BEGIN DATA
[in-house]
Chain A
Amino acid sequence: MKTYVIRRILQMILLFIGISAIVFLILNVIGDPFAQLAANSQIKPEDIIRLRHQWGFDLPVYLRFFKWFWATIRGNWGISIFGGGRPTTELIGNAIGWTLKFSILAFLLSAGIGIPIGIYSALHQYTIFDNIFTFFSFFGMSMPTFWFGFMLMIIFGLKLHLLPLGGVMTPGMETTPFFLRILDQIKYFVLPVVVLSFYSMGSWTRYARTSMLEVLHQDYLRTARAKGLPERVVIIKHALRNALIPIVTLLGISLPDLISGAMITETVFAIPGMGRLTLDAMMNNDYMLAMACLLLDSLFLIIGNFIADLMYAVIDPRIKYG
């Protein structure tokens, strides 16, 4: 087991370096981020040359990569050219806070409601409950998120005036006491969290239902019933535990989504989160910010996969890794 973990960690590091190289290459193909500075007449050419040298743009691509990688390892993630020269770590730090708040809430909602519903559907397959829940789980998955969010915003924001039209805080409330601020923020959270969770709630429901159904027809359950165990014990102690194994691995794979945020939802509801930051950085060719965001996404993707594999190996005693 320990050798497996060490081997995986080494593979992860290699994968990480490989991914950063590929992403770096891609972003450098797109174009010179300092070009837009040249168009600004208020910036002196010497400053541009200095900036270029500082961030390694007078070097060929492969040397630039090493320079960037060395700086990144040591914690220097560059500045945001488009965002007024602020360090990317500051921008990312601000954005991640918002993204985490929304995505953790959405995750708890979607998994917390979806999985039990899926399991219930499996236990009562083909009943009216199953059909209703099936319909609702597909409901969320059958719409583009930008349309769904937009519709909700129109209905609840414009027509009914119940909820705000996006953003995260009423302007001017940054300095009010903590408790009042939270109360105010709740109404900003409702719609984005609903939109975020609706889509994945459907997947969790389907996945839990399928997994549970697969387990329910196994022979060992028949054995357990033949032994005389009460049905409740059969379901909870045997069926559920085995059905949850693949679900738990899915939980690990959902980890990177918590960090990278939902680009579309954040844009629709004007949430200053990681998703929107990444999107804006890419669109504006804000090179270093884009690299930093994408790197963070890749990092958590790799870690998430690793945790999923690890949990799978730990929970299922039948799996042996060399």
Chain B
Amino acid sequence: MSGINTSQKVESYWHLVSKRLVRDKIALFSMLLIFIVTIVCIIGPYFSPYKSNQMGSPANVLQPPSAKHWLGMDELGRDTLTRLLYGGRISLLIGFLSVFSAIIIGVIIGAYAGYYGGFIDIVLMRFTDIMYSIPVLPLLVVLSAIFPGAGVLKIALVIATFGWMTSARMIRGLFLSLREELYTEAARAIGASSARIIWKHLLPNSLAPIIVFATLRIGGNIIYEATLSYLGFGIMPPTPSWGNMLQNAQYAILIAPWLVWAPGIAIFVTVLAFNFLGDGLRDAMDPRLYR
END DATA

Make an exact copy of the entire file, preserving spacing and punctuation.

[in-house]
Chain A
Amino acid sequence: MKTYVIRRILQMILLFIGISAIVFLILNVIGDPFAQLAANSQIKPEDIIRLRHQWGFDLPVYLRFFKWFWATIRGNWGISIFGGGRPTTELIGNAIGWTLKFSILAFLLSAGIGIPIGIYSALHQYTIFDNIFTFFSFFGMSMPTFWFGFMLMIIFGLKLHLLPLGGVMTPGMETTPFFLRILDQIKYFVLPVVVLSFYSMGSWTRYARTSMLEVLHQDYLRTARAKGLPERVVIIKHALRNALIPIVTLLGISLPDLISGAMITETVFAIPGMGRLTLDAMMNNDYMLAMACLLLDSLFLIIGNFIADLMYAVIDPRIKYG
């Protein structure tokens, strides 16, 4: 087991370096981020040359990569050219806070409601409950998120005036006491969290239902019933535990989504989160910010996969890794 973990960690590091190289290459193909500075007449050419040298743009691509990688390892993630020269770590730090708040809430909602519903559907397959829940789980998955969010915003924001039209805080409330601020923020959270969770709630429901159904027809359950165990014990102690194994691995794979945020939802509801930051950085060719965001996404993707594999190996005693 320990050798497996060490081997995986080494593979992860290699994968990480490989991914950063590929992403770096891609972003450098797109174009010179300092070009837009040249168009600004208020910036002196010497400053541009200095900036270029500082961030390694007078070097060929492969040397630039090493320079960037060395700086990144040591914690220097560059500045945001488009965002007024602020360090990317500051921008990312601000954005991640918002993204985490929304995505953790959405995750708890979607998994917390979806999985039990899926399991219930499996236990009562083909009943009216199953059909209703099936319909609702597909409901969320059958719409583009930008349309769904937009519709909700129109209905609840414009027509009914119940909820705000996006953003995260009423302007001017940054300095009010903590408790009042939270109360105010709740109404900003409702719609984005609903939109975020609706889509994945459907997947969790389907996945839990399928997994549970697969387990329910196994022979060992028949054995357990033949032994005389009460049905409740059969379901909870045997069926559920085995059905949850693949679900738990899915939980690990959902980890990177918590960090990278939902680009579309954040844009629709004007949430200053990681998703929107990444999107804006890419669109504006804000090179270093884009690299930093994408790197963070890749990092958590790799870690998430690793945790999923690890949990799978730990929970299922039948799996042996060399």
Chain B
Amino acid sequence: MSGINTSQKVESYWHLVSKRLVRDKIALFSMLLIFIVTIVCIIGPYFSPYKSNQMGSPANVLQPPSAKHWLGMDELGRDTLTRLLYGGRISLLIGFLSVFSAIIIGVIIGAYAGYYGGFIDIVLMRFTDIMYSIPVLPLLVVLSAIFPGAGVLKIALVIATFGWMTSARMIRGLFLSLREELYTEAARAIGASSARIIWKHLLPNSLAPIIVFATLRIGGNIIYEATLSYLGFGIMPPTPSWGNMLQNAQYAILIAPWLVWAPGIAIFVTVLAFNFLGDGLRDAMDPRLYR